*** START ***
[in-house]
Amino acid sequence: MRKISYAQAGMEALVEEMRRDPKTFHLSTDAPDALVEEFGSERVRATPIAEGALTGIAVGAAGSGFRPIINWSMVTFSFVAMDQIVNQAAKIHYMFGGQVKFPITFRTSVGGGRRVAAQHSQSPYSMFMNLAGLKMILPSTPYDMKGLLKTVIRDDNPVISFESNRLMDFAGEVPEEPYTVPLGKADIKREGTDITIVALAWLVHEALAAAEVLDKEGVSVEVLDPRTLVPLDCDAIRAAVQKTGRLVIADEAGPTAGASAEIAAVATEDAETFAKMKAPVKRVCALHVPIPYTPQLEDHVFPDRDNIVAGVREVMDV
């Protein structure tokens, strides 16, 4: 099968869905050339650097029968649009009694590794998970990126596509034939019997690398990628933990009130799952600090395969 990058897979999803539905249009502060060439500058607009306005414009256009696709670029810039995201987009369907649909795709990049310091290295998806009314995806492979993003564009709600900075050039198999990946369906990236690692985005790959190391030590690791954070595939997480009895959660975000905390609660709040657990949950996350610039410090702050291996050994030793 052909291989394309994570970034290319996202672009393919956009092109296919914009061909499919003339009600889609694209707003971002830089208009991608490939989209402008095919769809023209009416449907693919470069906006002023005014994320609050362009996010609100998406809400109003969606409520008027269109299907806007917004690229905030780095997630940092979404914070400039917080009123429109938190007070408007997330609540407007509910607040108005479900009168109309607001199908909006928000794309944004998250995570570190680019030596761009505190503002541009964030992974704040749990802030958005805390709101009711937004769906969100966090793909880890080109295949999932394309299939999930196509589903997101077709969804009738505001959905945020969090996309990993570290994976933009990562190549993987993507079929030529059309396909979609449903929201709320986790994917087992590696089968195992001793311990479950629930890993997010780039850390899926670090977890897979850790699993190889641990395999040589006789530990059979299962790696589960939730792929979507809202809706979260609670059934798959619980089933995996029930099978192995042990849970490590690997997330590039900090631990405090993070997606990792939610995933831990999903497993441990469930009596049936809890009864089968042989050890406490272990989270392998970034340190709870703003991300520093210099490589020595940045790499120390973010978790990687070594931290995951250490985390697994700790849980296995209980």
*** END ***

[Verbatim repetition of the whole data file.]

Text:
[in-house]
Amino acid sequence: MRKISYAQAGMEALVEEMRRDPKTFHLSTDAPDALVEEFGSERVRATPIAEGALTGIAVGAAGSGFRPIINWSMVTFSFVAMDQIVNQAAKIHYMFGGQVKFPITFRTSVGGGRRVAAQHSQSPYSMFMNLAGLKMILPSTPYDMKGLLKTVIRDDNPVISFESNRLMDFAGEVPEEPYTVPLGKADIKREGTDITIVALAWLVHEALAAAEVLDKEGVSVEVLDPRTLVPLDCDAIRAAVQKTGRLVIADEAGPTAGASAEIAAVATEDAETFAKMKAPVKRVCALHVPIPYTPQLEDHVFPDRDNIVAGVREVMDV
């Protein structure tokens, strides 16, 4: 099968869905050339650097029968649009009694590794998970990126596509034939019997690398990628933990009130799952600090395969 990058897979999803539905249009502060060439500058607009306005414009256009696709670029810039995201987009369907649909795709990049310091290295998806009314995806492979993003564009709600900075050039198999990946369906990236690692985005790959190391030590690791954070595939997480009895959660975000905390609660709040657990949950996350610039410090702050291996050994030793 052909291989394309994570970034290319996202672009393919956009092109296919914009061909499919003339009600889609694209707003971002830089208009991608490939989209402008095919769809023209009416449907693919470069906006002023005014994320609050362009996010609100998406809400109003969606409520008027269109299907806007917004690229905030780095997630940092979404914070400039917080009123429109938190007070408007997330609540407007509910607040108005479900009168109309607001199908909006928000794309944004998250995570570190680019030596761009505190503002541009964030992974704040749990802030958005805390709101009711937004769906969100966090793909880890080109295949999932394309299939999930196509589903997101077709969804009738505001959905945020969090996309990993570290994976933009990562190549993987993507079929030529059309396909979609449903929201709320986790994917087992590696089968195992001793311990479950629930890993997010780039850390899926670090977890897979850790699993190889641990395999040589006789530990059979299962790696589960939730792929979507809202809706979260609670059934798959619980089933995996029930099978192995042990849970490590690997997330590039900090631990405090993070997606990792939610995933831990999903497993441990469930009596049936809890009864089968042989050890406490272990989270392998970034340190709870703003991300520093210099490589020595940045790499120390973010978790990687070594931290995951250490985390697994700790849980296995209980």